Berlin, 1945. The war has ended but a new conflict is about to rise as occupied Germany is partaken by the victorious America and Soviet Union. A serial killer with a preference for blond haired and blue-eyed frauleins is on the loose and as the German police, headed by Inspector Dietrich, struggled to identify the killer they also have to contend with uncooperative Americans and the difficult Russians.
Berlin is not your usual whodunit story though. Neither is it your regular retelling of the horrors of World War II. Pierre Frei’s narrative weaves history with crime and drama with fine rhetoric. He takes us through the lives of each victim—their homes, hopes and struggle while at the same time capturing the drama and tension of the war conceived by Hitler. The man himself is just a shadow in the story but the malevolence of his vision is palpable and it’s horror still jarring as witnessed by the different women in the story: an actress who was tricked to give testimony that sent her friend to death; a nurse who, by following where her handicapped son is sent, discovered a secret facility called Racial Hygiene Research which mission is to eliminate the misfits in the glorious picture of Aryan supremacy; a prostitute who was wife to a Gestapo officer and had found the courage to escape her life after witnessing the horrors in a concentration camp; an aristocrat whose family had been loyal to the Reich until his brother, disillusioned, committed the highest treason; and finally a bookseller who survived the war only to be sexually ravaged by the liberators.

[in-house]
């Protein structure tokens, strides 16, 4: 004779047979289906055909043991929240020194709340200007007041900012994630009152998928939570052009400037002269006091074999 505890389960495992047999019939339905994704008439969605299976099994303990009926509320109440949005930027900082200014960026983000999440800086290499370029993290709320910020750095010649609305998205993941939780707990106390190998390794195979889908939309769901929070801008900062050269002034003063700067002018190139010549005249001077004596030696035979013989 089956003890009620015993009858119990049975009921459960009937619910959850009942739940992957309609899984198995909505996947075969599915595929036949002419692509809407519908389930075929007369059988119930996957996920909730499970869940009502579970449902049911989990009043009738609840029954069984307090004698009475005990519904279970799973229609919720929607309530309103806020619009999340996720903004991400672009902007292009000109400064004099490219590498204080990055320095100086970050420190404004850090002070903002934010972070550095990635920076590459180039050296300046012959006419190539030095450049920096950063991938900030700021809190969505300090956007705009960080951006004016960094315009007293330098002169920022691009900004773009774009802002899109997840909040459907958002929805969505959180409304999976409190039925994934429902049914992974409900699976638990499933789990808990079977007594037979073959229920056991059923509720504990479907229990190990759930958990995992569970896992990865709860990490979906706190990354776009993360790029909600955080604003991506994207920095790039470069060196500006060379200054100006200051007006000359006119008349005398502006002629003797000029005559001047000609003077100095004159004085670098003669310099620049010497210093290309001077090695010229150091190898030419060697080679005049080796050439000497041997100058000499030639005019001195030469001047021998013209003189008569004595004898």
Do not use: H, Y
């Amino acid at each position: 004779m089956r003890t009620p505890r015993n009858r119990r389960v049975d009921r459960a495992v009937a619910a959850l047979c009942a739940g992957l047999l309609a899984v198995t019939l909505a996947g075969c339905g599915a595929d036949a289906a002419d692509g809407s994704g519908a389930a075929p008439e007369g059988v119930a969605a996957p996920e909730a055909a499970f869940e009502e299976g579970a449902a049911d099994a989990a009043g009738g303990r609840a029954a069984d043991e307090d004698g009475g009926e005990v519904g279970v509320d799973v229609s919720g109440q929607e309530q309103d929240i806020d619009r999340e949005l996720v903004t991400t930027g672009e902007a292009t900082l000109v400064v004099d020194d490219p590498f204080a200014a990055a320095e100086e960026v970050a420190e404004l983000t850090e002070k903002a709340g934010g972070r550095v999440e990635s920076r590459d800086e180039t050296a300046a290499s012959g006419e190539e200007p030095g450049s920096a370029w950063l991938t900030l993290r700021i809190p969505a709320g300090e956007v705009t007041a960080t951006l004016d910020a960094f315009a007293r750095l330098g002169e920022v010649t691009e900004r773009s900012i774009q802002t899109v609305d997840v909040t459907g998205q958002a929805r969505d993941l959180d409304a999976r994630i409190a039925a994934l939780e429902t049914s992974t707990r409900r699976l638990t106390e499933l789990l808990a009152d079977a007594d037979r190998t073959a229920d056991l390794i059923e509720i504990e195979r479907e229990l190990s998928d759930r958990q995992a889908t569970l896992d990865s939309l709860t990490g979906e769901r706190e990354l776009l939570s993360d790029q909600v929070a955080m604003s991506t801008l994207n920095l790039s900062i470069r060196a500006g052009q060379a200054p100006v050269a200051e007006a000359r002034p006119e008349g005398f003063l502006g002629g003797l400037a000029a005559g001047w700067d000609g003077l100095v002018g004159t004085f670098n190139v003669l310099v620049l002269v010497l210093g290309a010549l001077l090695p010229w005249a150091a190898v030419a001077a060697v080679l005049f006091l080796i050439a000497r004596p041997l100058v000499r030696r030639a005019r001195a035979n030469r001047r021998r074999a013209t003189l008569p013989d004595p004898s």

Compelling and authentic. And fresh. Taken from the point of view of another set of victims, the German women. Their will to survive the chaos for which they are unwittingly thrown offered us a new perspective on human frailty and spiritual triumph. Until the five women met their killer. And here, Inspector Dietrich, anxious to give the victims the justice due them, had to remind everyone: “I know the war’s over and murder’s a crime again.”